Forums » Internal Medicine - Small Animal

Furosemide - Routes of Administration

  • August 19, 2015 6:51 AM EDT

    Furosemide is a diuretic agent that is widely used in the veterinary practice setting. Some of the more common indications for the use of this drug include treatment of patients with congestive heart failure, pulmonary edema, hypercalcemia, and acute, oliguric kidney failure.

    Furosemide has a rapid onset of action, and it is this characteristic that makes it the drug of choice for managing the emergent patient with respiratory distress associated with cardiogenic or pulmonary edema. Drug formularies and other references cite dosages for furosemide - administered by the intravenous (IV) and intramuscular (IM) routes - for treating patients with acute cardiogenic or pulmonary edema. Although there are references for administering this drug subcutaneously (SC), it is not generally listed as a suggested route of administration for patients with acute, severe pulmonary edema.

    The effect of a drug - regardless of how it is administered - is dependent on how well it is absorbed, effectively distributed to its target tissue, and metabolized. Some of the factors that determine the route by which a drug can be administered include its pH, lipid solubility, and protein binding. Whereas drugs administered intravenously typically have a very rapid effect, drugs administered subcutaneously are typically thought to have a slower rate of absorption and onset of effect. Intramuscular injections can be painful, elicit more stress, and drugs given by this route are typically absorbed more rapidly than those given subcutaneously due to the increased vascularity of the tissue.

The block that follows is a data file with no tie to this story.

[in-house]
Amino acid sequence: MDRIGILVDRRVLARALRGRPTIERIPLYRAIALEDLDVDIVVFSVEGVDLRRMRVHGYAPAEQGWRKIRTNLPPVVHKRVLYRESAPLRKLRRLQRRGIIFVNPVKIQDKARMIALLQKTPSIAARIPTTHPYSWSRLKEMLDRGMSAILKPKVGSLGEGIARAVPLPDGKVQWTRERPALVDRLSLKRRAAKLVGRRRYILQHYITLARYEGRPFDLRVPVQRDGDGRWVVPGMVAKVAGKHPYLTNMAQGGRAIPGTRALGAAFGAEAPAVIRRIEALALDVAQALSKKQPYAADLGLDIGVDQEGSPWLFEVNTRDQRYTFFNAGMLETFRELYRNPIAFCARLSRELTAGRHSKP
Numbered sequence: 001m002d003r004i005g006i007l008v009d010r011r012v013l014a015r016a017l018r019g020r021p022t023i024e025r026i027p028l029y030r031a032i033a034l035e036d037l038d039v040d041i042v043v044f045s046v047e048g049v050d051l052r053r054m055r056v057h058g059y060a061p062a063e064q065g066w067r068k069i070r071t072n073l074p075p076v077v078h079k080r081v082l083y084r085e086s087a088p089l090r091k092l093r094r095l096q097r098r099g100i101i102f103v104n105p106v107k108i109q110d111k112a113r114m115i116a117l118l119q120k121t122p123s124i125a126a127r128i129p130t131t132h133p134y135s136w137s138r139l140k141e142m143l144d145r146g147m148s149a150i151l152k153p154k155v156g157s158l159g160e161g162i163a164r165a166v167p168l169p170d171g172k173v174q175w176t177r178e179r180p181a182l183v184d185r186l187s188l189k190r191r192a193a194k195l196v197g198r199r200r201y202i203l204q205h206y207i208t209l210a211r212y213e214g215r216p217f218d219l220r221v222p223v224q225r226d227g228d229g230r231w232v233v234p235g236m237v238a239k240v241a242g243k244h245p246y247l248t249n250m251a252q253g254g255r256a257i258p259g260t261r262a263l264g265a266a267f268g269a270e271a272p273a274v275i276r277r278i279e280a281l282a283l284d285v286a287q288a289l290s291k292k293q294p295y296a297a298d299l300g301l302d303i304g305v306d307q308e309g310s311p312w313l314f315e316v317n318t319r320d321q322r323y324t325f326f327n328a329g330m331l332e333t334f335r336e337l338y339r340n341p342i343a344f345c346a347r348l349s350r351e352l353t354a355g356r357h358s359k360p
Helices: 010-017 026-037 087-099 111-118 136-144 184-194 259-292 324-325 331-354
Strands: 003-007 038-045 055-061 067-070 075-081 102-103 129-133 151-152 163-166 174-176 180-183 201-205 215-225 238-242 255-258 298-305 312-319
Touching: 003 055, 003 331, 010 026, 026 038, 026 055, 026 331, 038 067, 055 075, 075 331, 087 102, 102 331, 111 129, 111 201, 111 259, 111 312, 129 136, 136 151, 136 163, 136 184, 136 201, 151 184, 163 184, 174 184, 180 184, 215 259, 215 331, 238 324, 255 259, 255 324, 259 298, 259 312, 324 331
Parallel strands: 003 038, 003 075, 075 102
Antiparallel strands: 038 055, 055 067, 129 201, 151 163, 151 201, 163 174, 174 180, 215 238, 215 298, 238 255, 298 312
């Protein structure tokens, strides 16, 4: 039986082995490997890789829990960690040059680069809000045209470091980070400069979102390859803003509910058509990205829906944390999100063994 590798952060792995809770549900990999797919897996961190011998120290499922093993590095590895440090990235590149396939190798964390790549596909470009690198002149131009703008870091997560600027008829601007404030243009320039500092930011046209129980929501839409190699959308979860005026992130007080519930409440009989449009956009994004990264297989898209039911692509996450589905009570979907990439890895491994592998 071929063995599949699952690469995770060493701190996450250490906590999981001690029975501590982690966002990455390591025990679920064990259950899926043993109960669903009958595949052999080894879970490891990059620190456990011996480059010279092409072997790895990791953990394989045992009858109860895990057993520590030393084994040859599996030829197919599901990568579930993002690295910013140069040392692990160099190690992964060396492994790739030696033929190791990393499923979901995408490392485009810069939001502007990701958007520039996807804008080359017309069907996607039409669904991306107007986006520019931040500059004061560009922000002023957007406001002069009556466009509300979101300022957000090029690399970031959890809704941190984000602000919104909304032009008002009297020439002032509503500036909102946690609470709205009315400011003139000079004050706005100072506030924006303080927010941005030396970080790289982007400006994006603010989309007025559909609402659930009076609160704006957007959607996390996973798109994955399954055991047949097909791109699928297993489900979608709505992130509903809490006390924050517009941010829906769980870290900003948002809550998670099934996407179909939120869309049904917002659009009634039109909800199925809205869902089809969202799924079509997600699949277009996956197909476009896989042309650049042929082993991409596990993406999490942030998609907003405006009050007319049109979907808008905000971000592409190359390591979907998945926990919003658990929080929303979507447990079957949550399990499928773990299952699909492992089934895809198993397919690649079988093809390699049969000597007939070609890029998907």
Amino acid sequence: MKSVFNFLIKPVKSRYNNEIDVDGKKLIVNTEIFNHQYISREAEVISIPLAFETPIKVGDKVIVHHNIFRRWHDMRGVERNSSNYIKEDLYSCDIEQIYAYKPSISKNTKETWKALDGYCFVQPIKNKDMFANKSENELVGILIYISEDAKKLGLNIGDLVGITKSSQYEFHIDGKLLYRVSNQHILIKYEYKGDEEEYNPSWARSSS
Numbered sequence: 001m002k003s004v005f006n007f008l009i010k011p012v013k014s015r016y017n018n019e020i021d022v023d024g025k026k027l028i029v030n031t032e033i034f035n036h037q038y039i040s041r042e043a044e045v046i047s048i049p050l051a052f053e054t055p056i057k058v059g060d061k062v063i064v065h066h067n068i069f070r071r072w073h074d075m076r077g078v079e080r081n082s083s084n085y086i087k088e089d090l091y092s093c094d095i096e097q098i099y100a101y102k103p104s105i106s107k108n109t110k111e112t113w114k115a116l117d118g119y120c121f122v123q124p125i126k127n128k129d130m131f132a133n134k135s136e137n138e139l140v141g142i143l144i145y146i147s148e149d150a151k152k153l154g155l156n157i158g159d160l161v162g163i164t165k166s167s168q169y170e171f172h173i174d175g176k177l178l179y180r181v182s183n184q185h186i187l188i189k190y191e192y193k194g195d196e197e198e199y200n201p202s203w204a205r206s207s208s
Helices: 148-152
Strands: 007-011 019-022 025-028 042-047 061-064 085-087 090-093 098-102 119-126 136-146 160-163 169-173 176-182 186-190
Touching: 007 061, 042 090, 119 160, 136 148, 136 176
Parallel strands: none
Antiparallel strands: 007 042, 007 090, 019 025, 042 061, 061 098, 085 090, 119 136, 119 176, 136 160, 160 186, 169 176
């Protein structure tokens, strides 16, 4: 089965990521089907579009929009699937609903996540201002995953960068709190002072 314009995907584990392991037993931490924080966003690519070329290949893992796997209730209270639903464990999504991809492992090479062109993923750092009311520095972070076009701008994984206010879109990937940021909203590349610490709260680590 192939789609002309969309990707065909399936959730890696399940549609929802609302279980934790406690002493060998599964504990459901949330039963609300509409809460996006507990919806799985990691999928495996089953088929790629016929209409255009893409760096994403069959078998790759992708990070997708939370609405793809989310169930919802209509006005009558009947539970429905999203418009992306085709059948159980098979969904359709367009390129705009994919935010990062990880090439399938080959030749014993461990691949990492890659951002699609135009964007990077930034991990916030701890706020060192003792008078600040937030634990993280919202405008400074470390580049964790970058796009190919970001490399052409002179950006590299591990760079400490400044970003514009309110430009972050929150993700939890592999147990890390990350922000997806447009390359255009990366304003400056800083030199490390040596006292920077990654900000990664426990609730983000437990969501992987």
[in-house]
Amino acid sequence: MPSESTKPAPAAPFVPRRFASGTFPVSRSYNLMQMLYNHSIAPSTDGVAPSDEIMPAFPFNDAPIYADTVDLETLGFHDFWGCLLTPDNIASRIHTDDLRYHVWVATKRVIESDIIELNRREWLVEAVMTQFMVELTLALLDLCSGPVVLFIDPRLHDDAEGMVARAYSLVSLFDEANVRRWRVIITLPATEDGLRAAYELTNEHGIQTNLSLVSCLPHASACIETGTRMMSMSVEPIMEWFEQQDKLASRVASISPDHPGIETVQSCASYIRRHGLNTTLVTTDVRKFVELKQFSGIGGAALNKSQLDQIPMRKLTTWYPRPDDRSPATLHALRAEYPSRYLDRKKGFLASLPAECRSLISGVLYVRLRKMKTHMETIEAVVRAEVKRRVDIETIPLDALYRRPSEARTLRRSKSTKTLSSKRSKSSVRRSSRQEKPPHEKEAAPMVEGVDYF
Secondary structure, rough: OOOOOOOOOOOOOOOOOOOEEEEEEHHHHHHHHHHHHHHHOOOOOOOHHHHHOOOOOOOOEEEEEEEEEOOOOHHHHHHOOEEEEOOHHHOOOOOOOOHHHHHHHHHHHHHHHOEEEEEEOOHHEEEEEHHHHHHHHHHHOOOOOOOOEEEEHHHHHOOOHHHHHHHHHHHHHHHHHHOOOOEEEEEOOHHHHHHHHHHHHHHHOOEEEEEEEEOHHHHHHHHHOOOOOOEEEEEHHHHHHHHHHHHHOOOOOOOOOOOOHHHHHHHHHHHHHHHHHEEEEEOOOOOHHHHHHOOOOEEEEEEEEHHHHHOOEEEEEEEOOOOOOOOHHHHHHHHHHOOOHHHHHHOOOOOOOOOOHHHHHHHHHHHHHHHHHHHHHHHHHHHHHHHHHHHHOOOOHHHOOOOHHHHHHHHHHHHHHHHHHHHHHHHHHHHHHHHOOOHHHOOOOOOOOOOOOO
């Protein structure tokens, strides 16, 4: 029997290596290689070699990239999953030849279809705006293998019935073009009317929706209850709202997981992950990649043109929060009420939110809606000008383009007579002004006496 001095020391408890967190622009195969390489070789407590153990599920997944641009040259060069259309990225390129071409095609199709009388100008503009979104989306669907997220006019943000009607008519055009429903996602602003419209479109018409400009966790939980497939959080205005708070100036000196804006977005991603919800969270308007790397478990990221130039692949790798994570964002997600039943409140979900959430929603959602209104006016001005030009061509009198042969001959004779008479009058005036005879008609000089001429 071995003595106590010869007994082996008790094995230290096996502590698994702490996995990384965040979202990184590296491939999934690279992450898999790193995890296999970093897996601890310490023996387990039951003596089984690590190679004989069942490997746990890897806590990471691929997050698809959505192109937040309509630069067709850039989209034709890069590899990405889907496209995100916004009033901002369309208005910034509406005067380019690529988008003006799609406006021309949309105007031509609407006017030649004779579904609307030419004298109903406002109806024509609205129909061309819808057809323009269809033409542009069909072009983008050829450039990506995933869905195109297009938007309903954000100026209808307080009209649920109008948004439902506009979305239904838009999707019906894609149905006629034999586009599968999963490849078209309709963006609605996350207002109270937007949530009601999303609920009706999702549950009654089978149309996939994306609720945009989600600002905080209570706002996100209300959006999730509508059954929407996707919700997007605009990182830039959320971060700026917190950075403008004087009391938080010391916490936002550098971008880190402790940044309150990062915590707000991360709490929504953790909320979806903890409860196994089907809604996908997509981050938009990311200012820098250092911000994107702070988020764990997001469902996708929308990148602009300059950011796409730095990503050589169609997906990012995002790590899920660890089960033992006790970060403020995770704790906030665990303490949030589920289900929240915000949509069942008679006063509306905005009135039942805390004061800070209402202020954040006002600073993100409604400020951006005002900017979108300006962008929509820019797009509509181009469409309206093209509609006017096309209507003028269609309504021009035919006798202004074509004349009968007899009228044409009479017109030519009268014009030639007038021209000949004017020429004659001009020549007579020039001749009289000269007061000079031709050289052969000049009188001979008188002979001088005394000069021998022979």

Dyspneic patients with acute cardiogenic or pulmonary edema require prompt medical intervention. Providing oxygen and minimizing stress to the patient is key to successful management. Because placement of an intravenous catheter and painful IM injections (i.e. for administering furosemide) can exacerbate the stress and cause them to rapidly deteriorate, animals in respiratory distress are often first placed into an oxygen cage - to help improve their oxygenation and alleviate the distress associated with their dyspnea - prior to IV catheter placement.

    This week's Evidence Based Update reveals the findings of a study that compared the diuretic effects of furosemide - when administered subcutaneously - to other routes of administration including a constant rate infusion, as well as the intravenous, intramuscular, and oral routes. View this Evidence Based Update - it's available for On Demand viewing (running time 9 mins; Approved for CE credit in New York and by the NJVMA, pending approval for CE credit by AAVSB RACE).